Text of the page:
G-75 column (1.5 x 25 cm) with Tris-HCl 0.1 M, pH 7.4, and one mL fractions were collected. The MTs were determined by the radioactive cadmium method. Tubes with positive radioactivity were pooled and concentrated by freeze-drying and then suspended in the antiproteolytic and antioxidant buffer and divided in two aliquots. One aliquot was derivatized with monobromobimane (Thiolyte®) producing a fluorescent derivative due to the high concentration of thiol groups in MTs (Kosower et al., 1983). The other aliquot was used as such. Both aliquots were eluted through a Sephadex G-75 column (1.5 x 40 cm) with Tris-HCl 0.1 M, pH
7.4 buffer. One ml fractions were collected, and fluorescence at 385 nm excitation and 480 emission (RF-540 Spectrofluorophotometer, Shimadzu) or radioactivity
in a gamma counter was measured.

SDS-Polyacrilamide Gel Electrophoresis of MTs

Control and MT samples from epimastigotes treated with nifurtimox and benznidazole as described in section 2.4 were derivatized with monobromobimane. Then the parasites were subjected to MT derivatization with monobromobimane as described in section 2.5. The supernatants were dyalized overnight against distilled water, concentrated by lyophilization and separated by 15% SDS-PAGE. The fluorescent bands corresponding to MT were visualized by UV-transillumination. Monobromobimane-derivatized horse kidney MT standard and prestained molecular weight standards (SigmaMarkerTM Low range [M.W. 6500- 66000]) were used.


109CdCl2 was obtained from NEN Life Science products, Boston, Massachusetts; tryptose, tryptone, yeast extract and fetal calf serum were obtained from Difco, Co.; dimethylsulfoxide was obtained from Merck, Co.; monobromobimane (Thiolyte®) was obtained from Calbiochem Corp. Horse kidney MT, TLCK, PMFS,
and all other chemicals were obtained from Sigma Chemical Co.

Statistical Analysis

Student's T, ANOVA and Tuckey's or Dunnett's multiple comparison tests were performed when necessary using Prism GraphPad 2.01 software from GraphPad Software Inc.

Values are expressed as mean ± SD for three independent experiments, each one performed in triplicate.


Metallothionein concentration in several strains of Trypanosoma cruzi epimastigotes

Table I shows the concentrations of MTs in several strains of T. cruzi. The LQ strain and the clone Dm28c show the highest concentration at the fourth day of growth, equivalent to the exponential phase. In all strains studied, except the CL-Brener clone, the MT content tends to decline in the stationary phase of growth.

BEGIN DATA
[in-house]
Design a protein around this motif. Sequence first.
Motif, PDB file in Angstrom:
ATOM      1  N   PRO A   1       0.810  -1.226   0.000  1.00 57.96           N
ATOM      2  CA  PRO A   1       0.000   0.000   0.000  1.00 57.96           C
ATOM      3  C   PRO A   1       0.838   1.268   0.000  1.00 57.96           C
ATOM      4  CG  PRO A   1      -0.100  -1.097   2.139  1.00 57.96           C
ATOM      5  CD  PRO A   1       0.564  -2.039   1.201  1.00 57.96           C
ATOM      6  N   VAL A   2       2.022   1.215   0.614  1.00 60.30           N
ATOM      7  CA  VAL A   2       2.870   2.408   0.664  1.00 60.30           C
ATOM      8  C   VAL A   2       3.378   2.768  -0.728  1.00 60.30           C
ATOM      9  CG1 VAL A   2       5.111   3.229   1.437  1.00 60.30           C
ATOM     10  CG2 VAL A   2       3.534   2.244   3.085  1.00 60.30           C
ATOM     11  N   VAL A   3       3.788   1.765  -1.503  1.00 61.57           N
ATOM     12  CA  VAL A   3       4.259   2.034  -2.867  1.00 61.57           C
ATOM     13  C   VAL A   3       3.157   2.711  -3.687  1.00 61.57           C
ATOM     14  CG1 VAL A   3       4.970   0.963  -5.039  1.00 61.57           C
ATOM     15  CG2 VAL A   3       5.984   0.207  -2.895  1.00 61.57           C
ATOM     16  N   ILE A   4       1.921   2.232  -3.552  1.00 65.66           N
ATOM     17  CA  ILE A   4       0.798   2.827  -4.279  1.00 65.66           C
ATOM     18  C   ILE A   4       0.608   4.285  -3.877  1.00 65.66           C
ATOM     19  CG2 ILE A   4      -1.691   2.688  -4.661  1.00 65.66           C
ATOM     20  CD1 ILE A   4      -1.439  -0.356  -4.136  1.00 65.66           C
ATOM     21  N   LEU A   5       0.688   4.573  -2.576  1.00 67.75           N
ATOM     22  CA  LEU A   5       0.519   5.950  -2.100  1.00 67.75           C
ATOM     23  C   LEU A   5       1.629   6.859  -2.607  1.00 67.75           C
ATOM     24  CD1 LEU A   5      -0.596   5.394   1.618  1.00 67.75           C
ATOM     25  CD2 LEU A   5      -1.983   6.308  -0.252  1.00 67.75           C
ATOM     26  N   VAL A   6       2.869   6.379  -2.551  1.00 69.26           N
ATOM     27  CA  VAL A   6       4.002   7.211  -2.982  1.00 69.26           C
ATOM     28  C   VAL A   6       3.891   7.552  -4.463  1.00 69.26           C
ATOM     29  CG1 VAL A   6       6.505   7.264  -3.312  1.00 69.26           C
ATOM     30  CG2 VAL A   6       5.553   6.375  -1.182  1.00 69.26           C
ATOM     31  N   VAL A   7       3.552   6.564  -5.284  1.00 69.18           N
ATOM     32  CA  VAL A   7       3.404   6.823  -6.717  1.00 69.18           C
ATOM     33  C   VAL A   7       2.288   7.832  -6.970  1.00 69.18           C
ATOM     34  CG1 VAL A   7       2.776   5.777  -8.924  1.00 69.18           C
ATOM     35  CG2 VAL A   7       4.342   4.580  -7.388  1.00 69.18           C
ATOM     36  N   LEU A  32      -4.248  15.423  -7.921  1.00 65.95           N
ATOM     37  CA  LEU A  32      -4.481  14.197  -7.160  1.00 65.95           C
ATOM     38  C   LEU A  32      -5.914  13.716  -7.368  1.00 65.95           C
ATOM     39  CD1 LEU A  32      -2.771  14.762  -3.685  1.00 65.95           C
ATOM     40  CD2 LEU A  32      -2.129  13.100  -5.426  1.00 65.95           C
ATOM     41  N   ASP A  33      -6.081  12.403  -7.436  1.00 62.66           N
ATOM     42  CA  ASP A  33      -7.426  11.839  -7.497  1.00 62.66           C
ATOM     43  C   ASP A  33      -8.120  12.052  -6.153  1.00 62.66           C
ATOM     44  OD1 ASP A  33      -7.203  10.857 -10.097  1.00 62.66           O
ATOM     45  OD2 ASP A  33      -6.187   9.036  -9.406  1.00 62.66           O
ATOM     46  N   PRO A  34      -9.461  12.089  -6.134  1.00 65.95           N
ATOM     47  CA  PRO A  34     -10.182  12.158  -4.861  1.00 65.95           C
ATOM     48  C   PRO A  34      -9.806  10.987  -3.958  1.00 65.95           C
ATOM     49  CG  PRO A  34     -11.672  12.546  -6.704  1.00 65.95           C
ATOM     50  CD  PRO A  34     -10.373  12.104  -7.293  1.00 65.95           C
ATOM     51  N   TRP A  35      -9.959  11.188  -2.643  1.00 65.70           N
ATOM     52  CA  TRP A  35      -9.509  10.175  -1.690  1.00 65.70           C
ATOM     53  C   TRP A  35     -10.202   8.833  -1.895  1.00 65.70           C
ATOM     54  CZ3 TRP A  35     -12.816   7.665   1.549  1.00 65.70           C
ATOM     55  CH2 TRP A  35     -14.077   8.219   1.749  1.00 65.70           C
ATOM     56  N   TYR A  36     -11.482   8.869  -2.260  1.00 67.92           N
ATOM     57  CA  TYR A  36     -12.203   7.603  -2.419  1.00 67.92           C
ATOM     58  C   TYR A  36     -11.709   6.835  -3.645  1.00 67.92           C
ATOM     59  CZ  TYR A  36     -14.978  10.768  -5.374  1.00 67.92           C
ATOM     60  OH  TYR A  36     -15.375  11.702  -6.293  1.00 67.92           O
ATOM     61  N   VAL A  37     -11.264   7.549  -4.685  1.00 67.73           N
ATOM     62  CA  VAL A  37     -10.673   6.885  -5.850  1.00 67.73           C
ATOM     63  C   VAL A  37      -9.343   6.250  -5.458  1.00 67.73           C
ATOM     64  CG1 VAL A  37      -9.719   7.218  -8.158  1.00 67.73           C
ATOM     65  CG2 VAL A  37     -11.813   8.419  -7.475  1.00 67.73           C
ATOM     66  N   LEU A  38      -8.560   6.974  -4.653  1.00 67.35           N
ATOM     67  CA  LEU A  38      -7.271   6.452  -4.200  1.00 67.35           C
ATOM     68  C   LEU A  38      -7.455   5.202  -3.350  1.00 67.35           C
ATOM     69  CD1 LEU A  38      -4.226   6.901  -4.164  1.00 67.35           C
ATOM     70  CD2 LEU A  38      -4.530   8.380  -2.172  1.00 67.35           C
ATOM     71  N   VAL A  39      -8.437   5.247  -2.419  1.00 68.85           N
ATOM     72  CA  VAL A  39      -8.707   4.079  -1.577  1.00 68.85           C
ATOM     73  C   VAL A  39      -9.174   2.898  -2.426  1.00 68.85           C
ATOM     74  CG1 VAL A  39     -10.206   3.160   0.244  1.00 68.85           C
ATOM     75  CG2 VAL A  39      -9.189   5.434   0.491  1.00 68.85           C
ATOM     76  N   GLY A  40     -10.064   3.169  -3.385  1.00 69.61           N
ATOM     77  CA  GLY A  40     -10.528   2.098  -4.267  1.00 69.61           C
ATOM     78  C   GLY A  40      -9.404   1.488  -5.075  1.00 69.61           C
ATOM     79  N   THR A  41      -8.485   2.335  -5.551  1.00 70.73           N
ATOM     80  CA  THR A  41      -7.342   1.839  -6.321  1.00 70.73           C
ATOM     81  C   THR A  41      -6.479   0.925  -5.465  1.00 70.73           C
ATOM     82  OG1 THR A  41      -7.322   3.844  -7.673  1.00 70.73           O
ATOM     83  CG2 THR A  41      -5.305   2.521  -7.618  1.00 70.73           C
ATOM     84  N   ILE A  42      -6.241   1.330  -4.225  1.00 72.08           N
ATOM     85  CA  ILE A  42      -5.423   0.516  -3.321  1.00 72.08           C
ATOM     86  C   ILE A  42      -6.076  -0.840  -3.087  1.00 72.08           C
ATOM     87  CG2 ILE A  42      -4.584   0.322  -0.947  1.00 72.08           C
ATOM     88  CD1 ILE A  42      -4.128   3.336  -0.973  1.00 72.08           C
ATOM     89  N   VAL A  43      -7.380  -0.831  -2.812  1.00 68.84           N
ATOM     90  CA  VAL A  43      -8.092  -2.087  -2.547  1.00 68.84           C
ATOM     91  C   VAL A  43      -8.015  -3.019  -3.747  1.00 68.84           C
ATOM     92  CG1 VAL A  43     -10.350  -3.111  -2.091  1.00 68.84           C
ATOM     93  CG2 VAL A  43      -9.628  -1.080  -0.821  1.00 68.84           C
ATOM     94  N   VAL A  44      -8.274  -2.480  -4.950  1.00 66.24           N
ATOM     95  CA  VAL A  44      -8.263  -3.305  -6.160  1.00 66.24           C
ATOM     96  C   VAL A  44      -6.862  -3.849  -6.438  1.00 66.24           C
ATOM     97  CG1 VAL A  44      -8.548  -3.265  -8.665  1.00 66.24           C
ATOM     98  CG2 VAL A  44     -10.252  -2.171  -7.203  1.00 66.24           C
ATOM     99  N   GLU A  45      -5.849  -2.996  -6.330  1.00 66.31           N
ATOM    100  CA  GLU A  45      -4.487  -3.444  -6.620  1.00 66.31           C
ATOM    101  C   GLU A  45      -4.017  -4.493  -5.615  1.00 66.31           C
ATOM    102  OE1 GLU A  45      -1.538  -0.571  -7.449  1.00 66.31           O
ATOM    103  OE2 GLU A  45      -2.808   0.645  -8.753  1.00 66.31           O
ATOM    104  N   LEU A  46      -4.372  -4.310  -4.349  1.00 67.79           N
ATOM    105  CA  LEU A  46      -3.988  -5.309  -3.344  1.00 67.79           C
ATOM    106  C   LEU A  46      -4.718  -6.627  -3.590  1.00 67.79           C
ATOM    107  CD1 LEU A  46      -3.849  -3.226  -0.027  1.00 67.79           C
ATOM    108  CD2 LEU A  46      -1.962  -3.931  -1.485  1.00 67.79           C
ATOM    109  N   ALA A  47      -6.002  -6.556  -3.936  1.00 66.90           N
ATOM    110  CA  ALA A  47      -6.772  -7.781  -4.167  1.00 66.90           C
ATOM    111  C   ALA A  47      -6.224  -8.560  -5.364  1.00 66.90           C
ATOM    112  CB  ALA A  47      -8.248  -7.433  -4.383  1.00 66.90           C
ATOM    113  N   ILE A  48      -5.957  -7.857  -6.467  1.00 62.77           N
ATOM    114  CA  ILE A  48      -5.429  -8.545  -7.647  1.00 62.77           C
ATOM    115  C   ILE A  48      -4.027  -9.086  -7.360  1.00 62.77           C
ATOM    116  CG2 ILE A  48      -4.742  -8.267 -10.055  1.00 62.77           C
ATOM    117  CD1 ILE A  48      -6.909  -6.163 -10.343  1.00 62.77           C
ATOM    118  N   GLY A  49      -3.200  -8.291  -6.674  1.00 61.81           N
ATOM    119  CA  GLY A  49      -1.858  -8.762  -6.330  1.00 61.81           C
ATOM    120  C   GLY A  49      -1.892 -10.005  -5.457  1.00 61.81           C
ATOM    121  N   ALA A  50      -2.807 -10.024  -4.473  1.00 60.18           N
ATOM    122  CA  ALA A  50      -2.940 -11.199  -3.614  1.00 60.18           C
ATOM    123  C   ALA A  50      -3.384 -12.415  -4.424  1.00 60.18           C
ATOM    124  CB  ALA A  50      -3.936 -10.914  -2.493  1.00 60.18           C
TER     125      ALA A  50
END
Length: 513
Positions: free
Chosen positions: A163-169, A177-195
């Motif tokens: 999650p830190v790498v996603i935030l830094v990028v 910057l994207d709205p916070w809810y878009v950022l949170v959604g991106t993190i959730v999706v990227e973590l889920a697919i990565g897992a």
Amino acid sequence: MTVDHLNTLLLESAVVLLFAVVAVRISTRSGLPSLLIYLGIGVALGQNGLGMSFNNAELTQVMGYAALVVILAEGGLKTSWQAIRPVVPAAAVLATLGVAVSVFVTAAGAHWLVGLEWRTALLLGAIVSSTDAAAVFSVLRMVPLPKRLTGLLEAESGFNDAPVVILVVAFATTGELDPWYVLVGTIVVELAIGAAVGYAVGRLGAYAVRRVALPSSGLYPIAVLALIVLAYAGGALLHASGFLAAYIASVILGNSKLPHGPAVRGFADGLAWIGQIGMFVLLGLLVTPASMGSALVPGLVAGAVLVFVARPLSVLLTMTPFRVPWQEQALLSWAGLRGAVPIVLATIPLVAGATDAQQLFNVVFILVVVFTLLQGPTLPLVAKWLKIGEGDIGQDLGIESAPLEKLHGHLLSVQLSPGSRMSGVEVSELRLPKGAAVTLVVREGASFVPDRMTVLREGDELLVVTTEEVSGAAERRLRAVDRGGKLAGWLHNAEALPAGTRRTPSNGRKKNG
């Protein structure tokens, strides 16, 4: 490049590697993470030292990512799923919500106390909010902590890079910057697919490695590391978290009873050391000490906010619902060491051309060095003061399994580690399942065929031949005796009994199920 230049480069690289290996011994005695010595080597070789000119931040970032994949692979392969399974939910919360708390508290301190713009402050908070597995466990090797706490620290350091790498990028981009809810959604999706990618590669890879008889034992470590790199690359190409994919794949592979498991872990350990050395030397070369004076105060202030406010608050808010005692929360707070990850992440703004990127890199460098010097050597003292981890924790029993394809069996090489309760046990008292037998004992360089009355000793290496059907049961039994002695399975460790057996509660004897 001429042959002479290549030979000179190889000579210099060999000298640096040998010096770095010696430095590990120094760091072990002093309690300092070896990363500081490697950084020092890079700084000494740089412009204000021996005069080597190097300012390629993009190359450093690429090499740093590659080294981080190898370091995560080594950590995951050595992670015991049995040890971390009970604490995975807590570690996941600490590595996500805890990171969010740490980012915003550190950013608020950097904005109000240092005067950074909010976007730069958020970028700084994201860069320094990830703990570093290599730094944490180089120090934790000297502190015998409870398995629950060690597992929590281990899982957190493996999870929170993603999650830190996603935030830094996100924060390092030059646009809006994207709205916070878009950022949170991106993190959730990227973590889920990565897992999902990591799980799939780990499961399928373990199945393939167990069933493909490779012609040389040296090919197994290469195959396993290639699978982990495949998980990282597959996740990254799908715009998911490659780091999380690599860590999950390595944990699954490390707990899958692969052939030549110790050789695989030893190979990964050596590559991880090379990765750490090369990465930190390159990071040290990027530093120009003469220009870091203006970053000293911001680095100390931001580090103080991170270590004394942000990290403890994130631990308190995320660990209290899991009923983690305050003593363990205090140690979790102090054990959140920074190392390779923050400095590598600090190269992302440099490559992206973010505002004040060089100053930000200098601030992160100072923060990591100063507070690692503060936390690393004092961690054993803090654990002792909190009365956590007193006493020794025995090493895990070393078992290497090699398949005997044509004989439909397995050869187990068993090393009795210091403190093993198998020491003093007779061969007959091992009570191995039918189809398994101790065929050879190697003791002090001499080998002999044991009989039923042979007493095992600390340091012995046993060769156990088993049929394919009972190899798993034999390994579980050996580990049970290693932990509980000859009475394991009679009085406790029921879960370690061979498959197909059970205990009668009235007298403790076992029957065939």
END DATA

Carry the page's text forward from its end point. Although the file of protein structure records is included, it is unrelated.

The differences between the exponential and stationary phase are significant (p< 0.0001) except for the CL-Brener clone. No significant differences between clones
or strains, except for the Dm28c clone (p=0.0006), were observed.

Effect of buthionine sulfoximine upon total thiol content of Trypanosoma cruzi epimastigotes

Figure 1 shows the change in thiols concentration with culture time. The concentration increased up to 10.8 nmol/mg protein during the exponential phase of growth, to decline to 3.8 nmol/mg protein during the stationary phase. These results agree with those reported recently by Ariyanayagam and Fairlamb (2001). Figure 1 also shows that buthionine sulfoximine (BSO) decreased thiols concentration to less than 1 nmol/mg protein after three days without affecting parasite growth. The main burden of the thiols decrease corresponded to T(SH)2 (data not shown). No effect of BSO upon MT concentration was observed (Table II).


Table I

Metallothionein concentration in several strains of Trypanosoma cruzi epimastigotes

Strain Growth phase  

  Exponential Stationary
  MTsa (pmol /mg protein)  
CL-Brener Clone 7.2 ± 1.8 7.5 ± 0.3
Dm28c Clone 18.0 ± 1.8 6.9 ± 0.7
LQ 13.2 ± 1.3 6.3 ± 0.9
MF 10.2 ± 1.6 5.4 ± 0.6
Tulahuén 10.0 ± 1.7 6.3 ± 0.5

T. cruzi epimastigotes were grown at 28ºC in a modified Diamond's medium and harvested on the fourth day of culture (exponential phase) or on the eighth day (stationary phase).
a Metallothioneins (MTs) were determined by the radioactive cadmium method. See Materials and Methods section.


Figure 1. Effect of buthionine sulfoximine upon total thiol content of Trypanosoma cruzi epimastigotes. Continuous line: control thiol content. Hatched line: BSO 0.5 mM added at 0 hours. Total Thiols correspond to the sum of GSH, T(SH)2 and the intermediate glutathionyl-spermidine and are expressed as GSH. Dotted line: number of parasites treated with BSO 0.5 mM. The T. cruzi MF strain was used in these experiments. See Materials and Methods section.